After a bad year, Java heads in the right direction

Security woes behind it, Oracle now has Java on the right track

Java heads in the right direction in 2013

Java's image may have taken a beating last year over security issues, but expect it to remain a critical platform for enterprise software development. This year, users can look forward to new versions of both enterprise and standard Java, which should serve to keep the platform current.

Java Development Kit 8, based on Java Platform, Standard Edition 8, will feature capabilities for JavaScript programming and accommodations for multicore processors. Also due is Java Platform, Enterprise Edition 7, which promises easier use and new capabilities for HTML5 WebSocket communications and RESTful Web Services 2.0.

The capabilities Oracle has slated for the two upcoming versions of Java are no-brainers. JavaScript has become a de facto standard for Web development, and multicore is where computer hardware has gone. HTML5 and RESTful Web services also are established in the software development and Web services realms.

Users, meanwhile, will need to upgrade to Java SE 7 if they have not already done so, as support for Java SE 6 is slated to end in February, after having been postponed twice.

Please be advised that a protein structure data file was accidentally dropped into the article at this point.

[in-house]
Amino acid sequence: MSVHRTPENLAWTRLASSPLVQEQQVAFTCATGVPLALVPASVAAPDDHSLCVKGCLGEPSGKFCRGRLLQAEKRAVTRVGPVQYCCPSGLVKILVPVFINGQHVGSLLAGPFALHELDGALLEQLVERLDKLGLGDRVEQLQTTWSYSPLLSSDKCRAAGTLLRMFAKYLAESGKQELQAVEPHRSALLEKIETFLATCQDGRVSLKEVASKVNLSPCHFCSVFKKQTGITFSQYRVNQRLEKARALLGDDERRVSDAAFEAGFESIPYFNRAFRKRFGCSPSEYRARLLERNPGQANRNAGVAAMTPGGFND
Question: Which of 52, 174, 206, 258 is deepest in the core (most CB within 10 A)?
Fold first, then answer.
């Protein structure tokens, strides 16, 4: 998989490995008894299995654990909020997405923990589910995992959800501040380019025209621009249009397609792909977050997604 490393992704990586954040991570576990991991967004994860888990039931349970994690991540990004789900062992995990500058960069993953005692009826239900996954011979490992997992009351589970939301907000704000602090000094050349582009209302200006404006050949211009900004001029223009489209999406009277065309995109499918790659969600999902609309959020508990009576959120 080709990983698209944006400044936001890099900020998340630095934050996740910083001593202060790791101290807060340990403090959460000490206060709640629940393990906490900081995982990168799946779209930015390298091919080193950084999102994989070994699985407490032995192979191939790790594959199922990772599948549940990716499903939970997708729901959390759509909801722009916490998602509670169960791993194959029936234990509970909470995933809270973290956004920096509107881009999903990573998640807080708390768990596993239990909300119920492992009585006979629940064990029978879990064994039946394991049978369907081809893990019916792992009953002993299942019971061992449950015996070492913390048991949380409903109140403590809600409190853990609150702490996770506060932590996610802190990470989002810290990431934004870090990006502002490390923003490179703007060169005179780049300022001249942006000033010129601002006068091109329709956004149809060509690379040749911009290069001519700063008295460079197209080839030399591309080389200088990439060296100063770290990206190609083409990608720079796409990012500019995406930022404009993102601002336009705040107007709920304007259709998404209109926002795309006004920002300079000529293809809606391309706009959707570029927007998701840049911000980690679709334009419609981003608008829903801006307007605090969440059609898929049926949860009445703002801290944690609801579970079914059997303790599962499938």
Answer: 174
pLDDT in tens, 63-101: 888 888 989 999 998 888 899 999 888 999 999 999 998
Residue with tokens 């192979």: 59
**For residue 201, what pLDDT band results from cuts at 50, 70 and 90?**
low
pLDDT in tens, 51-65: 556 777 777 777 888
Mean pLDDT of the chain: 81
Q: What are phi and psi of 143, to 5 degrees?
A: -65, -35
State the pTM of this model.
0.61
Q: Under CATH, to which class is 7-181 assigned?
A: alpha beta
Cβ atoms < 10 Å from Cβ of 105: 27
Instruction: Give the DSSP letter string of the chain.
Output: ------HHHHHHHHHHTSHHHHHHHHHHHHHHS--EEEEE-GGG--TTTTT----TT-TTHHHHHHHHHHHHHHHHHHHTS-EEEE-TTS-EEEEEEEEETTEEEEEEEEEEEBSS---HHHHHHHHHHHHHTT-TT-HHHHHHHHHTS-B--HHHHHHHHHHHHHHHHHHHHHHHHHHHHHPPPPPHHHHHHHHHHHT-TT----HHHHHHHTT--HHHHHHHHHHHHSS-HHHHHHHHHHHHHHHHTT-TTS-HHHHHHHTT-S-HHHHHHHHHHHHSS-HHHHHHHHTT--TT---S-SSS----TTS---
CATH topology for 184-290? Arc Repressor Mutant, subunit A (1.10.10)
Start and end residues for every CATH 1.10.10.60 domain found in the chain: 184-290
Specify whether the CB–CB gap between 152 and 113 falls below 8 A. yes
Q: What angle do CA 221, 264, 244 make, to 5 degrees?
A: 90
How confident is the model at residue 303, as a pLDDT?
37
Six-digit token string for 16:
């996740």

Looking beyond 2013, Java is slated to become more modular in Java SE 9, while Java EE will make accommodations for cloud computing.

Although Objective-C and a multitude of dynamic languages have stolen some of the limelight, Java remains the most popular language in the Pypl Popularity of Programming Language Index and the second-most-popular language in the Tiobe Programming Community Index. The Dice career site for technology and engineering professionals lists Java/J2EE developers as the top hiring priority for 2013, for the second consecutive year.

All indications are that Java, which will turn 18 years old this year, will continue to keep up with the times.

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